Presumption: Art ends up being better once an artist dies.
Rates can increase if there was a lack of the artist’s work prior to his or her death and if the demand continues to be significantly higher than supply. Art News (November 2003) provided a post on the ten most wanted artworks.
Assumption: An artist’s proof is more valuable than a print from the routine edition.
Reality: Artist’s proofs are regularly consistent with the routine edition in look and value. On uncommon celebrations, a color trial evidence be judged to be better than the routine edition or an artist’s evidence. this occurs when the ruling specialists determine the color trial proof represents a more good-looking item than the regular edition or artist’s evidence.
Assumption: It’s just a print.
Actuality: Some artist’s do or do pass by to paint. Their art “equates” more successfully using an initial print medium such as lithography, etching, serigraphy, or woodcuts. Some original prints have sold for more than $100,000 when done by prominent artists. The only time an art professional might utter “It’s simply a print” is when they are referencing a reproductive print. This is usually a photographic rendition of an existing art work, in other words, a photomechanical copy.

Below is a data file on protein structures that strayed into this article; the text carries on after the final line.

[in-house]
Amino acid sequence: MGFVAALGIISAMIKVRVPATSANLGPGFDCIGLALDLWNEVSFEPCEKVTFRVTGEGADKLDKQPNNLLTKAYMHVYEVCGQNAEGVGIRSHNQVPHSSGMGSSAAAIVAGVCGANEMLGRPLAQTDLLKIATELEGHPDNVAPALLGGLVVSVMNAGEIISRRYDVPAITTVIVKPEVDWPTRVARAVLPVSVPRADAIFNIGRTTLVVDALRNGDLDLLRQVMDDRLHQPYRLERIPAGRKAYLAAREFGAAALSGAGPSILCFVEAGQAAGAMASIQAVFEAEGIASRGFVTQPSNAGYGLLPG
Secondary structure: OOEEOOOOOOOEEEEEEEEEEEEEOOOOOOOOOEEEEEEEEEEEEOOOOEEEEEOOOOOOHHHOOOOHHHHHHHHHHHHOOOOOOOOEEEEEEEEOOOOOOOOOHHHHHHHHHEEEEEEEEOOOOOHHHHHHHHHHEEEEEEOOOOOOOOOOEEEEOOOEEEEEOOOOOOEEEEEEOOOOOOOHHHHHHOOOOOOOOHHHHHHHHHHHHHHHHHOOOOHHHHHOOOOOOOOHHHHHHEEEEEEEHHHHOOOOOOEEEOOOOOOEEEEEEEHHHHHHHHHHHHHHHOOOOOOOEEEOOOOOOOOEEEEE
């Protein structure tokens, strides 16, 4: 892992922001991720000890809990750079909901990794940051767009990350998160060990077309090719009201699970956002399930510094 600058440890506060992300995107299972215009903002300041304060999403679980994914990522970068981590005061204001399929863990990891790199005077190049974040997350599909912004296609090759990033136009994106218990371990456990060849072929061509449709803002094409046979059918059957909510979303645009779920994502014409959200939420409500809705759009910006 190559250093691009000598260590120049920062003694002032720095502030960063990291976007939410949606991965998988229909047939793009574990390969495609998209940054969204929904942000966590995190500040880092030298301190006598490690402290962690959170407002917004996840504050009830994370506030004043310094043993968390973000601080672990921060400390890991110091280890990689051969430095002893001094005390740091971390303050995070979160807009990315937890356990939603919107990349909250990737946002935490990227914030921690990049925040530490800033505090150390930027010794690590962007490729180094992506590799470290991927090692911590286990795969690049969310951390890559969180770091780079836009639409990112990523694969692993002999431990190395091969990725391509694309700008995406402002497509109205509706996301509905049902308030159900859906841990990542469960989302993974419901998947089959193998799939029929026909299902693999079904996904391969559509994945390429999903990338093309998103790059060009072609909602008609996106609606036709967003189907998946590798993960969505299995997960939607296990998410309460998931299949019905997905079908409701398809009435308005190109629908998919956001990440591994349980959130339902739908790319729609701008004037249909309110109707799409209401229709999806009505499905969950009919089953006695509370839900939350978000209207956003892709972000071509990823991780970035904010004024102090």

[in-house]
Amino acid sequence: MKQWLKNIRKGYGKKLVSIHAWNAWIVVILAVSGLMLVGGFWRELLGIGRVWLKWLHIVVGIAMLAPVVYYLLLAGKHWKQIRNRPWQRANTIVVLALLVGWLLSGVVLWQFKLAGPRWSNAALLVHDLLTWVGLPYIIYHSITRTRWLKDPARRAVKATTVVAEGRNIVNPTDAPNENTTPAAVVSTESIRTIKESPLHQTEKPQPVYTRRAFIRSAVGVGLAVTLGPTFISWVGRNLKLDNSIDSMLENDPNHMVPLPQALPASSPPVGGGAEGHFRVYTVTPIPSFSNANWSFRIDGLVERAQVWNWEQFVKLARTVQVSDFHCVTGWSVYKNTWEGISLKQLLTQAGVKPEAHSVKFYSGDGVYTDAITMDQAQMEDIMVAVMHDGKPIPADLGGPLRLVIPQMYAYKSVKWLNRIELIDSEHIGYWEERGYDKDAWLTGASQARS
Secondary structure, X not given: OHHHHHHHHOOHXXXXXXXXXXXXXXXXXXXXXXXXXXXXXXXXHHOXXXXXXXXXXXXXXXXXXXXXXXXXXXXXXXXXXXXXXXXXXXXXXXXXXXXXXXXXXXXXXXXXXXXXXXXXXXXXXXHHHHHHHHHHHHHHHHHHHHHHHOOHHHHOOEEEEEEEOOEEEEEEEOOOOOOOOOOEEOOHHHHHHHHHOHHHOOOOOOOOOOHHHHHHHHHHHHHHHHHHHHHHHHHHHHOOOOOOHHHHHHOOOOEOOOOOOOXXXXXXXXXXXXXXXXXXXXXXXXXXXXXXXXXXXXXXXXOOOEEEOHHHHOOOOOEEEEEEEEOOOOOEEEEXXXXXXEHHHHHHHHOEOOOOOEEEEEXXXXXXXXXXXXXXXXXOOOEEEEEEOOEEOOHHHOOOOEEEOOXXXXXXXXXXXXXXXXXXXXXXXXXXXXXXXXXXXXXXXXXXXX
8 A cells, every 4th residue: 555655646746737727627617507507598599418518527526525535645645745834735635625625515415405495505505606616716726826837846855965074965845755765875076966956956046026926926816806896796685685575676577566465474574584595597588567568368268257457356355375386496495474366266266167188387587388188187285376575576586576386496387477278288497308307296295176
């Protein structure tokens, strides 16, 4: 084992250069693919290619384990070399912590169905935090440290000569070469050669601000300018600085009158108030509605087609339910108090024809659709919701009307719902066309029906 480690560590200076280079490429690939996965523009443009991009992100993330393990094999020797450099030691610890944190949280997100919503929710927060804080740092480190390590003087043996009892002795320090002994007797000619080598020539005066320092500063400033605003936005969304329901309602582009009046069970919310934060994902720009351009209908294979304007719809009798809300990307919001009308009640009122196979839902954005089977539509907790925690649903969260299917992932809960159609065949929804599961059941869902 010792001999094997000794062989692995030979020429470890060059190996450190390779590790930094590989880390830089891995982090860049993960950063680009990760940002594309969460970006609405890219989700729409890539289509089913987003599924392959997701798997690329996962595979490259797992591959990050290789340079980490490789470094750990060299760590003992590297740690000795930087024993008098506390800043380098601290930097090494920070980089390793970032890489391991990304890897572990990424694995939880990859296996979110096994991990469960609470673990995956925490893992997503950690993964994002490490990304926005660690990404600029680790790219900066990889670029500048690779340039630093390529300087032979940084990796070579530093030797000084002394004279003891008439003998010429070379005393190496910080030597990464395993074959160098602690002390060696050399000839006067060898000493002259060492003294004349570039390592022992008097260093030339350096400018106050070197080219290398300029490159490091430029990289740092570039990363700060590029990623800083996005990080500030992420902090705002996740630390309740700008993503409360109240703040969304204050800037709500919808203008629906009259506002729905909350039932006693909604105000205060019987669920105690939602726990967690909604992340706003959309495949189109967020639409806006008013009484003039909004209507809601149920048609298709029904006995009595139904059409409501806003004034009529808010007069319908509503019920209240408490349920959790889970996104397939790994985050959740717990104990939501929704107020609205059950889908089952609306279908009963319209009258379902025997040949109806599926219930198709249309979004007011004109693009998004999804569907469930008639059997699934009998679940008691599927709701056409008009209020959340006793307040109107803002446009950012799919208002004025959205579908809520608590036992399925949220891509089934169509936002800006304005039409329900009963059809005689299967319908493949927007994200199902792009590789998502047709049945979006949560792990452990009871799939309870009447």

Why can’t you value my art from photographs?
- As long as I am an expert art appraiser, I am held to a various standard than someone functioning strictly as a dealer.
- PLUS I like to be ideal!!!
Photographs do NOT reveal all condition issues and the public is not trained to properly describe them. The number of you can acknowledge light staining, mat burning, foxing, etc? These and other condition defects considerably impact value.
- A reproduction attached to canvas practically looks the like an original oil painting in a photograph. Unless I understand which museum is currently hosting the actual painting, I can not be completely sure you are revealing me a photographically produced recreation or an actual painting when viewing a photograph. Now there are gicleÃ© prints printed on canvas and improved with paint, a hands-on evaluation is a must.
Truth: Artist’s proofs are routinely constant with the routine edition in look and value. On rare events, a color trial proof be judged to be more valuable than the regular edition or an artist’s evidence. Their art “equates” more successfully using an original print medium such as lithography, etching, serigraphy, or woodcuts. The only time an art professional may utter “It’s simply a print” is when they are referencing a reproductive print.